Until he died this week, I never paid much attention to Steve Jobs. I was vaguely aware of the dramatic ups and down in his career, and that he was some intense guy with a vision. I was too busy working on and playing with the products he created to notice to the man behind them.
With Steve gone that’s changed. I realize that starting with my first Mac in the late 80s, Apple products changed how I made music, and how I made money from it. How I got my information, and in turn communicated with the world – as with this blog. When I gave up composing for writing a memoir I bypassed paper and pen, typing directly into a Mac (granted, on Apple rival Bill Gates’ Word.) But by then it was second nature to use the same machine as I was writing on to jump to Google, Wikipedia or Gmail to extend my research into my past out into the world wide web.
The man to thank for all this is Steve Jobs, including the world wide web, the first version of which was developed on his NeXT machine in 1990.
The Times’ fine obituary is titled “Apple’s Visionary Re-defined Digital Age.” Steve was a true visionary. He made no bones about the roots of his vision. As the Times said, “When he graduated from high school in Cupertino in 1972, he said, ”the very strong scent of the 1960s was still there. After dropping out of Reed College, a stronghold of liberal thought in Portland, Ore., in 1972, Mr. Jobs led a countercultural lifestyle himself. He told a reporter that taking LSD was one of the two or three most important things he had done in his life.”
A lot of people will brush past that last fact with a moment’s discomfort, then forget it. LSD to this day is a fraught subject. People fear it, and with good reason. It’s microgram for microgram the most potent drug known to man. It’s driven men and women temporarily mad, and sometimes permanently so. As I could attest myself, it could give you experiences 1000 times scarier than the creepiest horror movie.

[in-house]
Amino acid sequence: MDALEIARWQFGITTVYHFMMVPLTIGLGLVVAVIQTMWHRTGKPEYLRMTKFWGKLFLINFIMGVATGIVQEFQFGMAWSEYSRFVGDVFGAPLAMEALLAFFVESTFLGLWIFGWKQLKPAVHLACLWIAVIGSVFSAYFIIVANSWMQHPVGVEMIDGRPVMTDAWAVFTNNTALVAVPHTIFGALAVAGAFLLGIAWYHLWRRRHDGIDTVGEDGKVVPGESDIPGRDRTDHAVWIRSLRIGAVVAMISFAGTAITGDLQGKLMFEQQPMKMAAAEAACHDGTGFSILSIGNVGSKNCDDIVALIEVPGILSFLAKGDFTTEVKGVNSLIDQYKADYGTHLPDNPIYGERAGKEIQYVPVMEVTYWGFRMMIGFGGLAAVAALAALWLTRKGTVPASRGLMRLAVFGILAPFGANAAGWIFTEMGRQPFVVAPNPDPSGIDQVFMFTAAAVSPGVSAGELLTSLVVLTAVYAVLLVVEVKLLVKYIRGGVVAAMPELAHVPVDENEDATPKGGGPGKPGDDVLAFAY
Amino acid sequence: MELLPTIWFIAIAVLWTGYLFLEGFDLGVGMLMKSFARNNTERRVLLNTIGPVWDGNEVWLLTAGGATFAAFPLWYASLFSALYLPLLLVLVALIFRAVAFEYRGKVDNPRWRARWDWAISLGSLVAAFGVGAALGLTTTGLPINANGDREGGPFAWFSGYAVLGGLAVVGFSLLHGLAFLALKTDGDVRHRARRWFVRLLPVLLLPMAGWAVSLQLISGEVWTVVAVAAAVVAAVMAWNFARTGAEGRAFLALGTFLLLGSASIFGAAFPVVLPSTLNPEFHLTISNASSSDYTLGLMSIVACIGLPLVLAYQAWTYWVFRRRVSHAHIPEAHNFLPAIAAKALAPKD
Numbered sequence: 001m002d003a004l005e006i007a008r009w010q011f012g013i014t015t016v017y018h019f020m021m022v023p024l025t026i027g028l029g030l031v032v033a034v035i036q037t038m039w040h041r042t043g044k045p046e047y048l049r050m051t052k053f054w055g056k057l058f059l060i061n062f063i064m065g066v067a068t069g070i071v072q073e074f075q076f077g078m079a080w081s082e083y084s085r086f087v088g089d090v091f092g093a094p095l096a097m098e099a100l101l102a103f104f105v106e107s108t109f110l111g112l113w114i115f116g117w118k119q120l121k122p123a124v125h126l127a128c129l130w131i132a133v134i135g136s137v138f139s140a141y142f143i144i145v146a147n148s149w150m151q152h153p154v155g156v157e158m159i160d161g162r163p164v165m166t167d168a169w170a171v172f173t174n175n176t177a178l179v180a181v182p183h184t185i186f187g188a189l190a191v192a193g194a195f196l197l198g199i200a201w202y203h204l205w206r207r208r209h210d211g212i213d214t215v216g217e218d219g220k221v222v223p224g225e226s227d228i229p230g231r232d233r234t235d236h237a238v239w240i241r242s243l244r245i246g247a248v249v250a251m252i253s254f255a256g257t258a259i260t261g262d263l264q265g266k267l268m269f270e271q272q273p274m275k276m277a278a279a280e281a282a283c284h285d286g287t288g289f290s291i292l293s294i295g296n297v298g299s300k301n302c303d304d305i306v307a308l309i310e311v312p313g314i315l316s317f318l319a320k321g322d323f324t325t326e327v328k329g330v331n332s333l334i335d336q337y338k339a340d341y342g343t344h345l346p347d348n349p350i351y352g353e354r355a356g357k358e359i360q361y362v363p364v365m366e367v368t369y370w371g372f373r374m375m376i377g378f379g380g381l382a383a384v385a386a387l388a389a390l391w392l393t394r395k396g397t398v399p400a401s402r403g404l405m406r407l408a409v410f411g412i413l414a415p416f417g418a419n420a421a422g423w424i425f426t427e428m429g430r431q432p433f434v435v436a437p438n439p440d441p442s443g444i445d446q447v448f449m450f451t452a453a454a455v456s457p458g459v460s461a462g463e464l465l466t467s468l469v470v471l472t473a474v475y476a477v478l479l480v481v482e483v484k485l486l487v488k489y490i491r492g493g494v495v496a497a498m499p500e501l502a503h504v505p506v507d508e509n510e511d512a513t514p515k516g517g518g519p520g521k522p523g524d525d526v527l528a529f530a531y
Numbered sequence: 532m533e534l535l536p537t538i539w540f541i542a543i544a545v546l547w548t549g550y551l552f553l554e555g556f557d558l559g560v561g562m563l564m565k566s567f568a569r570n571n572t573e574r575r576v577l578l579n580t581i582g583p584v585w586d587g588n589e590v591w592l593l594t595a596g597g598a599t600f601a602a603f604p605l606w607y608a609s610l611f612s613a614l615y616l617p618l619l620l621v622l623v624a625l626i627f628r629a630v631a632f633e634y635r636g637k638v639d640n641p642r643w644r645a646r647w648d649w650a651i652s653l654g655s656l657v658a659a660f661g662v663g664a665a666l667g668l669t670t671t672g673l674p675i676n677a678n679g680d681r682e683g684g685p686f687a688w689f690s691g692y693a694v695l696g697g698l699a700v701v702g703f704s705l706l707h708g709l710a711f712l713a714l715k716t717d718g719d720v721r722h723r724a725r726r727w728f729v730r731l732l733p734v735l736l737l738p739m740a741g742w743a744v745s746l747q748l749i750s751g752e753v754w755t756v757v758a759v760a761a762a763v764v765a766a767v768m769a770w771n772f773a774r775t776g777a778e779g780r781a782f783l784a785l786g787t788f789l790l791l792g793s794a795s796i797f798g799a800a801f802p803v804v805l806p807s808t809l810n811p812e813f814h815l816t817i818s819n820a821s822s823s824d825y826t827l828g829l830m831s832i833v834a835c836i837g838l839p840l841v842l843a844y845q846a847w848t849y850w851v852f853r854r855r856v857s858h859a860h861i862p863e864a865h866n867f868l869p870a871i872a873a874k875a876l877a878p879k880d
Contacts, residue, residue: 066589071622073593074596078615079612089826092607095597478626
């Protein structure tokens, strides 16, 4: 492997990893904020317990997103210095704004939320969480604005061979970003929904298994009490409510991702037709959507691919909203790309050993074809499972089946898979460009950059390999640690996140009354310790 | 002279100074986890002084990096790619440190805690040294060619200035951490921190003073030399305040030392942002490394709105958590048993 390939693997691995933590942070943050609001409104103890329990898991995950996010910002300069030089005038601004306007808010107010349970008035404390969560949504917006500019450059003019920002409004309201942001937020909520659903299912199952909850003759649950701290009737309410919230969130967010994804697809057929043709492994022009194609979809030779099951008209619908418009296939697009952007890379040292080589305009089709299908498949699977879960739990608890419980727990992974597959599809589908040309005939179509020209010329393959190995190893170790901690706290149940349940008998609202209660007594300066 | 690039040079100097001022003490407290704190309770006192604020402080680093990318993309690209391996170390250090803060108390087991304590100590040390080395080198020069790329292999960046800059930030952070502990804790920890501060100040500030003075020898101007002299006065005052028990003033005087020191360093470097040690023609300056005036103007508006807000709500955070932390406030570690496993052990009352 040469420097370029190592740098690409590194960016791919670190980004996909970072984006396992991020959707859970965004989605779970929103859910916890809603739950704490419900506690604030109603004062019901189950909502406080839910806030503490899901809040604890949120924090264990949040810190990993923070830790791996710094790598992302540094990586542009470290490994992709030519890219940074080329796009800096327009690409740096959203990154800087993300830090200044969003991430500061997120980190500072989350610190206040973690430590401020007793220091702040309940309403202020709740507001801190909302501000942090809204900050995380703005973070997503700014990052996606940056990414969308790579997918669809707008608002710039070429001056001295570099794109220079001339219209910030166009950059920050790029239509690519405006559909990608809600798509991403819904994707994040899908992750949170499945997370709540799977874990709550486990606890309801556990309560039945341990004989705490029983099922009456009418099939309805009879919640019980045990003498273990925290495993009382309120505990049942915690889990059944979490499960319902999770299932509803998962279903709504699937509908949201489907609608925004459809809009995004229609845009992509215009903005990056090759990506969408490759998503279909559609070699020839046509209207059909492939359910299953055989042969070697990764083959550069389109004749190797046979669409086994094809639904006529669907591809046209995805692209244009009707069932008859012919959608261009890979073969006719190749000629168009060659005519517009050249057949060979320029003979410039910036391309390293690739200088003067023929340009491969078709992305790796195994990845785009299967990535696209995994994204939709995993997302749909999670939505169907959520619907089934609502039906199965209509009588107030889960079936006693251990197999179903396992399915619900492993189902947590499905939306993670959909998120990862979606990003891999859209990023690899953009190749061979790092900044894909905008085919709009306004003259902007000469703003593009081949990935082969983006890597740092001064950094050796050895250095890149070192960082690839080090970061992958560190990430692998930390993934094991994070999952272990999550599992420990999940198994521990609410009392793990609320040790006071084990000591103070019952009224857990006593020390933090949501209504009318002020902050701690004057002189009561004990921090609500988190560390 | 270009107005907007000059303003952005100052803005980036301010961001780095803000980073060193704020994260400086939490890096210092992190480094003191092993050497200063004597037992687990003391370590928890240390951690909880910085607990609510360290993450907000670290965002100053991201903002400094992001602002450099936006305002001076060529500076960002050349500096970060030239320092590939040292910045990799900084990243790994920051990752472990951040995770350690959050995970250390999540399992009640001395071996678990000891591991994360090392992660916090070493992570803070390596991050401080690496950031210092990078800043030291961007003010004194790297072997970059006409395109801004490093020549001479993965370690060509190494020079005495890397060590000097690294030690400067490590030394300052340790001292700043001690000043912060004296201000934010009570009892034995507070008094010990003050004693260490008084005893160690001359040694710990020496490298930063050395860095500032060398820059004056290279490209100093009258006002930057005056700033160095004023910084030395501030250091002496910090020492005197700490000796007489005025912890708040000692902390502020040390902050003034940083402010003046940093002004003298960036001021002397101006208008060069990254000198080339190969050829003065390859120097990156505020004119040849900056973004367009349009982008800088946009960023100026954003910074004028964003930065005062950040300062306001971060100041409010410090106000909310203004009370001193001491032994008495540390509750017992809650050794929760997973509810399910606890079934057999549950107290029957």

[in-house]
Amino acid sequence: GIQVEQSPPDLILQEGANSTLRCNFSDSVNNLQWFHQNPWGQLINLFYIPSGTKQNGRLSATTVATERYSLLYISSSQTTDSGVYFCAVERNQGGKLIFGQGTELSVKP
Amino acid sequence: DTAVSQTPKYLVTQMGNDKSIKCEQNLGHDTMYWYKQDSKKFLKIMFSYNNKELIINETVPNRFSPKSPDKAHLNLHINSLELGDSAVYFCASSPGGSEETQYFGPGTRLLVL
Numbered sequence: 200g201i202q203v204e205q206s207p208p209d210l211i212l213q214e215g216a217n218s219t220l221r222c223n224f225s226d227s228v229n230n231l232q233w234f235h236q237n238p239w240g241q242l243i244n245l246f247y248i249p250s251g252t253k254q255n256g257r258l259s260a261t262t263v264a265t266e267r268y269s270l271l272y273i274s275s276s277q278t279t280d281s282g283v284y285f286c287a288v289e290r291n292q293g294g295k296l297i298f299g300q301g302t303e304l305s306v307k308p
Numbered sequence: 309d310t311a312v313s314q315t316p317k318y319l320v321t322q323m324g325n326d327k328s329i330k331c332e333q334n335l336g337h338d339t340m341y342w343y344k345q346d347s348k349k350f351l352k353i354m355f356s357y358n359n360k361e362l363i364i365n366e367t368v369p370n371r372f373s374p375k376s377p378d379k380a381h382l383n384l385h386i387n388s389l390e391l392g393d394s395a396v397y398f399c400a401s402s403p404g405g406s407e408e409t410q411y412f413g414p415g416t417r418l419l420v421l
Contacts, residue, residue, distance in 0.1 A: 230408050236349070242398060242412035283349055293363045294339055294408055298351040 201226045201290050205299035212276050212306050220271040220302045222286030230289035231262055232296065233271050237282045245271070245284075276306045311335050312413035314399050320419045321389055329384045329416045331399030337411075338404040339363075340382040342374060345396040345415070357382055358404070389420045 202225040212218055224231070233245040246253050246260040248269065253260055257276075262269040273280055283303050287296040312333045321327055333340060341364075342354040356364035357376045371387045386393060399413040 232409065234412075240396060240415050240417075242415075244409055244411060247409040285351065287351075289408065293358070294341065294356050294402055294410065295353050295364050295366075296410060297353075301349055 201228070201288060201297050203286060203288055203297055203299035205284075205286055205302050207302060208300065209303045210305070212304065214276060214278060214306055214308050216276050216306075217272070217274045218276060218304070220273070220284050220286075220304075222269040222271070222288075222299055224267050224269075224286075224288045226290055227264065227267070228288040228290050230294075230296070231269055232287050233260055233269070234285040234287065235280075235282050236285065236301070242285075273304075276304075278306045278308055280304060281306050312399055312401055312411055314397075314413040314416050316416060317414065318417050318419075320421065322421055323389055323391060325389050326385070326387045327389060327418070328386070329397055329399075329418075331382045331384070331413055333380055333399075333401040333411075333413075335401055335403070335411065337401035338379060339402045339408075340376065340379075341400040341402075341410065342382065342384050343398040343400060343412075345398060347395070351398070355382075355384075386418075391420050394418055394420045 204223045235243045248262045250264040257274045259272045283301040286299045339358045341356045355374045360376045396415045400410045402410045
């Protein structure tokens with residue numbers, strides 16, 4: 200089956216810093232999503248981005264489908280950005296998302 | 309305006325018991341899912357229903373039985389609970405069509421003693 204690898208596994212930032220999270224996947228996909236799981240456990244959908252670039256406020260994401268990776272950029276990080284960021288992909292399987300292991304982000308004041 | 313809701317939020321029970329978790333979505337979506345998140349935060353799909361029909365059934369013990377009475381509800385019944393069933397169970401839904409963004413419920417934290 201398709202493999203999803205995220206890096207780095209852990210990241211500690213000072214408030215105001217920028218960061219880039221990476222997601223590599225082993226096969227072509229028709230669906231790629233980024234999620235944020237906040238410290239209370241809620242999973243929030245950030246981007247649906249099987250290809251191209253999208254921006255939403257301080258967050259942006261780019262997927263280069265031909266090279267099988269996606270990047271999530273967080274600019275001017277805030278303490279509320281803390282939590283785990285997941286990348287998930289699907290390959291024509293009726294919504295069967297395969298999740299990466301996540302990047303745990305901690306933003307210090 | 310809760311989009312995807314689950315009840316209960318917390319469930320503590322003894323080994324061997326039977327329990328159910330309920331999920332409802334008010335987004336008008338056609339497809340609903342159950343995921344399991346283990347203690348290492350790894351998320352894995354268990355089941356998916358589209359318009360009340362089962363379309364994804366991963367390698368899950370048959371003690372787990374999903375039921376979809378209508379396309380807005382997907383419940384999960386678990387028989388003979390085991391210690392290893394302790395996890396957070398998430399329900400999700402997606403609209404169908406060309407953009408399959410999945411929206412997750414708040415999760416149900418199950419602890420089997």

LSD also inspired heavenly visions. Most of those had an annoying habit of evaporating once the drug wore off. But some of the acid pioneers – because that’s what we saw ourselves as –brought something back to this mundane world from their trips to fantastic realms.
Though most of my handful of trips were quite nightmarish, the first hours of the first one I experienced nothing less than a Peak Experience. When I came down I saw the world differently. Among other things I saw that the path of science my parents and grandparents had set for me was not my way, that I must instead follow my heart and become a musician.
I was far from alone. Many went away on acid and returned to change their lives – to give up on parents’ visions of them as lawyers, dentists or corporate executives, to work with their hands under the sun, to create music and art. To try to change this world in some way to reflect that ideal world we’d briefly glimpsed.
Which meant to invent. That was the real promise we saw in LSD – that we could return from our trips and invent new lives for ourselves and others.
Acid revealed that everything, and everyone in the world was connected – something the Buddha had figured out a long time ago. Once we saw that in a chemically induced state, we wanted to see it in this sober, mundane world.